Tuesday, 28 June 2011

Plaque of the Week No.96

You've seen them all over the city: discs, tablets, cameos and plaques commemorating the great and the good of London Town. Every Tuesday we track down a London plaque (Blue or otherwise) and put it centre stage on the London Walks Blog. This week…



The jet set nature of James Bond’s remit means that those looking for London settings in the novels of Ian Fleming must make do with fleeting glimpses of St James’s (his club), Regent’s Park (his “office”) and King’s Road (his apartment) before he sets off for adventures in climes exotic. The exception is Moonraker (1955) the third Bond novel, set entirely in England.

In pursuit of Hugo Drax, a megalomaniac would-be dictator, arms manufacturer and (worst of all in M’s book) card cheat, Bond gambles, drinks and drops Benzedrine in St James’s, meets with Assistant Commissioner Vallance at Scotland Yard and prangs his vintage Bentley in the prosaic surroundings of the capital's South Circular ring road. He later road tests his new motor, a four-and-a-half litre 1953 Bentley Mark VI on Birdcage Walk SW1. The behind-the-scenes tour of Pall Mall’s club holds an enduring fascination. There’s even a scene in Ebury Street – where Ian Fleming’s Blue Plaque can be found.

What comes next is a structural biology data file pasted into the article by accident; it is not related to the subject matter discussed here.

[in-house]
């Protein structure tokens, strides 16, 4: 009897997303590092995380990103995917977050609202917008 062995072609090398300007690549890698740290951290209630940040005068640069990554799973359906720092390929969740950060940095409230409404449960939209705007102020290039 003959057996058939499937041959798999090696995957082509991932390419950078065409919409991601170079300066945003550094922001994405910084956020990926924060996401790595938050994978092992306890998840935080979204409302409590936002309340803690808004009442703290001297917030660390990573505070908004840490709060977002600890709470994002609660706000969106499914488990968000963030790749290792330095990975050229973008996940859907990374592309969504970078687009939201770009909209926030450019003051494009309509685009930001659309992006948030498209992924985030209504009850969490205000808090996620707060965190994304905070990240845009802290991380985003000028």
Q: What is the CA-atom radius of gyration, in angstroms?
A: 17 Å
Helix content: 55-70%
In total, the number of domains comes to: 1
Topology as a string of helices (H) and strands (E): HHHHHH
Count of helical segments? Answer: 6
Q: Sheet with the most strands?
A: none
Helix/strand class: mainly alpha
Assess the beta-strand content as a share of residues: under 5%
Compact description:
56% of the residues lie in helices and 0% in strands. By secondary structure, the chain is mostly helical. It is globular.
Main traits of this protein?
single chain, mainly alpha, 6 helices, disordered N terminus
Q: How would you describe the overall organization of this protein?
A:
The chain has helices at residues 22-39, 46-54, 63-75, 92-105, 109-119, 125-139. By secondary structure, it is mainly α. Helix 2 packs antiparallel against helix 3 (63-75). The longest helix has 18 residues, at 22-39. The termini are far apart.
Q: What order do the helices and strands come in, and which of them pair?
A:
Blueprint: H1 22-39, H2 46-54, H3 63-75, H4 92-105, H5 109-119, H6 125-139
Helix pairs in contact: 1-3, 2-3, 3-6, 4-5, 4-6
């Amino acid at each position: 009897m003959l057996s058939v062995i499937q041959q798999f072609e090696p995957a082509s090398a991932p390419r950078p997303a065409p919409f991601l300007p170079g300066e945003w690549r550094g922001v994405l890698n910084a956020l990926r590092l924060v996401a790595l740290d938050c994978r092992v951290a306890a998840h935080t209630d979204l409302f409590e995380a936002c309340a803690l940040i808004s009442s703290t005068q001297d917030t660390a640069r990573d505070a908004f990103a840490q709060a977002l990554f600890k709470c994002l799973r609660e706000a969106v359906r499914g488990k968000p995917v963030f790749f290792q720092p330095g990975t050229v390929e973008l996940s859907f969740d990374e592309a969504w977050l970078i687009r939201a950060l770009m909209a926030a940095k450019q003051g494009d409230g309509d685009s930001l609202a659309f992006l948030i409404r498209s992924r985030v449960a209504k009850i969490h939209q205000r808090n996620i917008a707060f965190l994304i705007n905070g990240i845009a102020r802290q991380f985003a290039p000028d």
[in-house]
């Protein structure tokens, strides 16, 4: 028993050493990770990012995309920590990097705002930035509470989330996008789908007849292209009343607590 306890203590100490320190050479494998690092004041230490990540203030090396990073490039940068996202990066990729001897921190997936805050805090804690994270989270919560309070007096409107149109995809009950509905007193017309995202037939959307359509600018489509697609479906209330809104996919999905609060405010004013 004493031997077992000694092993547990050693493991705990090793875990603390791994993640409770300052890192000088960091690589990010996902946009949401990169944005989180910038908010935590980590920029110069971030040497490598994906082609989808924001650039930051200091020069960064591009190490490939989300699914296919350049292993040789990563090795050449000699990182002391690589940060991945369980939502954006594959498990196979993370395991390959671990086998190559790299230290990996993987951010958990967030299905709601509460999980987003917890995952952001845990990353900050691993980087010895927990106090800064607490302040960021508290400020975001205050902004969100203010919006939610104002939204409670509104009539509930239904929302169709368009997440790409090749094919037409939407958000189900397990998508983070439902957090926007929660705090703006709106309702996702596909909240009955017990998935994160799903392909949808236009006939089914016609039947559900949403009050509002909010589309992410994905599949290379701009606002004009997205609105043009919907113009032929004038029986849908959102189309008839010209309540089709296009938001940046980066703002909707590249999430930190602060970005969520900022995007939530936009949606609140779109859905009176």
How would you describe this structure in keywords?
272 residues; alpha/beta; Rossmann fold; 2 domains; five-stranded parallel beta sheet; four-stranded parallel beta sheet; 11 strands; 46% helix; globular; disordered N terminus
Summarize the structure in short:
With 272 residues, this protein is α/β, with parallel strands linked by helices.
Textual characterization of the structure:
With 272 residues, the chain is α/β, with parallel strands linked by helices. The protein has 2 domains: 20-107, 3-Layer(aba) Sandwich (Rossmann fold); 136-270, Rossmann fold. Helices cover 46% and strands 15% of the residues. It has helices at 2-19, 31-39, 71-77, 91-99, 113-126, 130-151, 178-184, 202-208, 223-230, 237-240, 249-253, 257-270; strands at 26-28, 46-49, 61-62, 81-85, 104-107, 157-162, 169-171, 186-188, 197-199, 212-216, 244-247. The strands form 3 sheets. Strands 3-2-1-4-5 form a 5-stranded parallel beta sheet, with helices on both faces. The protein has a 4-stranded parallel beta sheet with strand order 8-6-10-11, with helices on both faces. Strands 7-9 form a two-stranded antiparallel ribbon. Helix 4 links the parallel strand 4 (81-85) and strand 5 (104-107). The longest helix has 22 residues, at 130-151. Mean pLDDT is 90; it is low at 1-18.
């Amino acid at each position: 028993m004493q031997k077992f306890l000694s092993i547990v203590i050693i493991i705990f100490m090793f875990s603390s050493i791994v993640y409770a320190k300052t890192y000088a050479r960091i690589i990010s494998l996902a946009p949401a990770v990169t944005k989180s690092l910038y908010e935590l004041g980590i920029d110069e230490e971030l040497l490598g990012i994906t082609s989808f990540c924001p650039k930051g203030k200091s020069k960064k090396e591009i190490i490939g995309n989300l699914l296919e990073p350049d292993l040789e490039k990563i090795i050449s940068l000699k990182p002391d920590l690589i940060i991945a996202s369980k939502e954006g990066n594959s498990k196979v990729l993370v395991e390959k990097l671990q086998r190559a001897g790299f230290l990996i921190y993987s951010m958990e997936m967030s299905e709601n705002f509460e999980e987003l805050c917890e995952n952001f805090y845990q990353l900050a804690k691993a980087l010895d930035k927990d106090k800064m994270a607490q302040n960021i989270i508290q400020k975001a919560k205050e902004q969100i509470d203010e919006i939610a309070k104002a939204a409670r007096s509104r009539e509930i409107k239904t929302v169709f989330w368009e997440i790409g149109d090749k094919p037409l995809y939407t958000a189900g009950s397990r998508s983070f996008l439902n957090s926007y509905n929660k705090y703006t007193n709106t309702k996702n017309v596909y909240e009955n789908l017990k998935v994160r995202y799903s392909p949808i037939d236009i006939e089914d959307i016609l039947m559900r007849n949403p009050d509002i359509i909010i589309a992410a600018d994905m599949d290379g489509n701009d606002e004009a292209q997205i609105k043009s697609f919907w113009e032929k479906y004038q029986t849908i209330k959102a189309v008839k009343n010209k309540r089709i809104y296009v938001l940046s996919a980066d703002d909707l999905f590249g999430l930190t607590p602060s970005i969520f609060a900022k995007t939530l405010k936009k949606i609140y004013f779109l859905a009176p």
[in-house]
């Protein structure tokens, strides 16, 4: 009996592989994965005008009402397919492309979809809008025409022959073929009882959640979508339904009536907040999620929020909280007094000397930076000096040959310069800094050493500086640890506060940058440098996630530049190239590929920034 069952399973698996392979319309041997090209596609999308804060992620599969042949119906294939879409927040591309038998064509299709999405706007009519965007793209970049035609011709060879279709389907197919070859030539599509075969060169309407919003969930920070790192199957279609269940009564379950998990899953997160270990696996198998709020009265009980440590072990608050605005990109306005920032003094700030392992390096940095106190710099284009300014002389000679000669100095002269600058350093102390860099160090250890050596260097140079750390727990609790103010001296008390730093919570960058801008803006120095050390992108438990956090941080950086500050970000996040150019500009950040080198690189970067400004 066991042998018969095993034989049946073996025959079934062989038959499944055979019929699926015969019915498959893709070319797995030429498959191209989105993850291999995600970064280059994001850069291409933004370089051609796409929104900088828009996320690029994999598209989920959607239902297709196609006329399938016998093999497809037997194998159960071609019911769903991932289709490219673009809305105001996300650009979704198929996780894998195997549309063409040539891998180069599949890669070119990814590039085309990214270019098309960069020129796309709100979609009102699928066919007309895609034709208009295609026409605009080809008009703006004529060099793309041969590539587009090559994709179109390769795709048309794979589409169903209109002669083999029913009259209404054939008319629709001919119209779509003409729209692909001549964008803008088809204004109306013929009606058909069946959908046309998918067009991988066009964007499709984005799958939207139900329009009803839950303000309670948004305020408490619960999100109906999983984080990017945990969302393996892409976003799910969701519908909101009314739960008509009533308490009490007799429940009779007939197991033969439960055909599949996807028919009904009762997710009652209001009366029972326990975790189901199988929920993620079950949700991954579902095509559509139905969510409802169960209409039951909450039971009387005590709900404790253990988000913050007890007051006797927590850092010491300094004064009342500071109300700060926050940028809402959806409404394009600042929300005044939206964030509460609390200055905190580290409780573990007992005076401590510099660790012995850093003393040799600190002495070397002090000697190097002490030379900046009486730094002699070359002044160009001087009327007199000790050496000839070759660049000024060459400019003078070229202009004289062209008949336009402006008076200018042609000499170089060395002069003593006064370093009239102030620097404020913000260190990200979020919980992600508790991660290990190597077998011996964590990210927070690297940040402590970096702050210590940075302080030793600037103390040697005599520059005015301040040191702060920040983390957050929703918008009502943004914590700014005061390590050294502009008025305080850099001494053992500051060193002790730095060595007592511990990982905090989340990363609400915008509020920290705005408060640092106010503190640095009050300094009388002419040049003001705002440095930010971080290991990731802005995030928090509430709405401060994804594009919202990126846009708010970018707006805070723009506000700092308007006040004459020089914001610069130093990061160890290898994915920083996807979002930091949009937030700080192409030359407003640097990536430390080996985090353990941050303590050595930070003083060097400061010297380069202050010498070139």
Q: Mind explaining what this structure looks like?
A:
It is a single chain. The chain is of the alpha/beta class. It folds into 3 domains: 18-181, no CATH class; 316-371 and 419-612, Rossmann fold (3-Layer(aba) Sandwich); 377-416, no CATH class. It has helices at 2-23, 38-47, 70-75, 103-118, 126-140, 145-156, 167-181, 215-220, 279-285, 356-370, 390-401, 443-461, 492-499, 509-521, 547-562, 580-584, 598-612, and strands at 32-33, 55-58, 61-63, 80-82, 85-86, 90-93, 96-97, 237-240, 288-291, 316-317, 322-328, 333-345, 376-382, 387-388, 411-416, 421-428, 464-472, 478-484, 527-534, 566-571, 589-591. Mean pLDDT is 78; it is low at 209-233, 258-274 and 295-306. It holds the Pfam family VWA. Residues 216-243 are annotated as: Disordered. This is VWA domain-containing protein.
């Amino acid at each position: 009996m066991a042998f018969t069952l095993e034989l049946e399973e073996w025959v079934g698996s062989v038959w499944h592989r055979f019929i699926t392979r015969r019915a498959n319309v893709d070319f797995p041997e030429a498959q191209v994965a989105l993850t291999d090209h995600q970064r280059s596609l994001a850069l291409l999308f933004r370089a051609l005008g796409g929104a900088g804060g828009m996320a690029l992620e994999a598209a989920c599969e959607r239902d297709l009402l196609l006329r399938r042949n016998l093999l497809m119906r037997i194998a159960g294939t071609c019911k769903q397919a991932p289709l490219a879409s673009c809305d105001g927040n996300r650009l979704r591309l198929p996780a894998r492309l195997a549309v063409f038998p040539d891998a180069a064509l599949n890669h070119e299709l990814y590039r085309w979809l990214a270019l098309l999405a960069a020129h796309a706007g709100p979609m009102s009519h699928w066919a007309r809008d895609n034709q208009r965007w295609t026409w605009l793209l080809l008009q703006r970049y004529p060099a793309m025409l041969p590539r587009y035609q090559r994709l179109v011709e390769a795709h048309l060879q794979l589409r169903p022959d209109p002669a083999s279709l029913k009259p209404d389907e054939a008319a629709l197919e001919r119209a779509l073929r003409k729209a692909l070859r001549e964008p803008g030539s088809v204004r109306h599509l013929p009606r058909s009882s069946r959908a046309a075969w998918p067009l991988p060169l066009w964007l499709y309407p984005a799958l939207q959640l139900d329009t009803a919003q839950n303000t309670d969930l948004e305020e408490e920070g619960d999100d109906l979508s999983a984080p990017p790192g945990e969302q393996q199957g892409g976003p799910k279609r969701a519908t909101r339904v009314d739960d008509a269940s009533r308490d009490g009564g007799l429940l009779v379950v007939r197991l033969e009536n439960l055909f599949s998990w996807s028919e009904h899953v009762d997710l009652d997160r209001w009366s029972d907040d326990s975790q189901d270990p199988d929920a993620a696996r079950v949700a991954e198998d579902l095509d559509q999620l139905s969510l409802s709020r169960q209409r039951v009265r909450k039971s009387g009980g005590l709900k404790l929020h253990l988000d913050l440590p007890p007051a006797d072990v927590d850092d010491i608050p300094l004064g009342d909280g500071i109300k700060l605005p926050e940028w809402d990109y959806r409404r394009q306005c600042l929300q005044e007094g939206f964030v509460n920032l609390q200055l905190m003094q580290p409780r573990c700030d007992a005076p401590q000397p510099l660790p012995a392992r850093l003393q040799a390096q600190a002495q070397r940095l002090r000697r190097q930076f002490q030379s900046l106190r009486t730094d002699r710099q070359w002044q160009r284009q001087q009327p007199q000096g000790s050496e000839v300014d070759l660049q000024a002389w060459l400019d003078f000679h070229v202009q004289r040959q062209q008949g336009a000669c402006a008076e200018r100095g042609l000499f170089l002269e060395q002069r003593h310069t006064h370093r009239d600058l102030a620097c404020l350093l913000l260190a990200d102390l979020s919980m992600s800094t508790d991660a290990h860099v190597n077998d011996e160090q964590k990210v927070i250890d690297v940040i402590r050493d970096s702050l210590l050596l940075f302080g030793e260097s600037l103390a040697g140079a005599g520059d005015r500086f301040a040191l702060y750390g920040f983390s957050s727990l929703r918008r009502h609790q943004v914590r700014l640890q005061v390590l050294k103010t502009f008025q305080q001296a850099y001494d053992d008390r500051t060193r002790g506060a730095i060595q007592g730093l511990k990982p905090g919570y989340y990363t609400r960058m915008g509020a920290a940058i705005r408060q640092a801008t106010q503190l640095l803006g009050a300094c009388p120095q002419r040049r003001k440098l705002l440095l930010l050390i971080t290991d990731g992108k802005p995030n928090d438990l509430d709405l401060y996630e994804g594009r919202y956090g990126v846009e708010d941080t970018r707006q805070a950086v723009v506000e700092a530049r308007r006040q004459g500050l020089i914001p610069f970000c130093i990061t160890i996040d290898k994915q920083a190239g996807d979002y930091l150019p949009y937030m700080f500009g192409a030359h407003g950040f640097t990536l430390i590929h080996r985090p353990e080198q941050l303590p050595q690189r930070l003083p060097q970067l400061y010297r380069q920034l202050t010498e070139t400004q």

Drax remains one of Fleming’s best villains; Bond is at his most bullet-proof, bouncing back from the events of the previous assignment (Live and Let Die); and the glimpses behind the mask of M bring one of popular fiction’s most enigmatic supporting characters leaping from the page.



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